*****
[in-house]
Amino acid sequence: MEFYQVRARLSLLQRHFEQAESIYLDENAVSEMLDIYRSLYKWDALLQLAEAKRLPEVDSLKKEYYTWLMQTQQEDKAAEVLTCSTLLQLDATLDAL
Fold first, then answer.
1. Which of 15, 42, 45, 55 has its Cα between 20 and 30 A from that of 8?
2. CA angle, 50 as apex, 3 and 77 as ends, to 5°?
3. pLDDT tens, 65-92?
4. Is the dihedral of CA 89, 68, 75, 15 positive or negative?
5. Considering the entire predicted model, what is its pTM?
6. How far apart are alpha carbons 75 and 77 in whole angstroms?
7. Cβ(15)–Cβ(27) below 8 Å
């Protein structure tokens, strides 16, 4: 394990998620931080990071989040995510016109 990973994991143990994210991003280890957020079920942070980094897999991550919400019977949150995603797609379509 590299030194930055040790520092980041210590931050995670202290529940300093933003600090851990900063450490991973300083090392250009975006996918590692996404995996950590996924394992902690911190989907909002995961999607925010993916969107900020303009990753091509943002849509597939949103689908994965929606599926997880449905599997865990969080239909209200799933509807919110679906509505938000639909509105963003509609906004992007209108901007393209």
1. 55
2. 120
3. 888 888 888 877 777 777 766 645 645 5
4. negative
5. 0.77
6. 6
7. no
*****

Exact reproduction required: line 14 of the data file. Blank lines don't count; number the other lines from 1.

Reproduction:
3. 888 888 888 877 777 777 766 645 645 5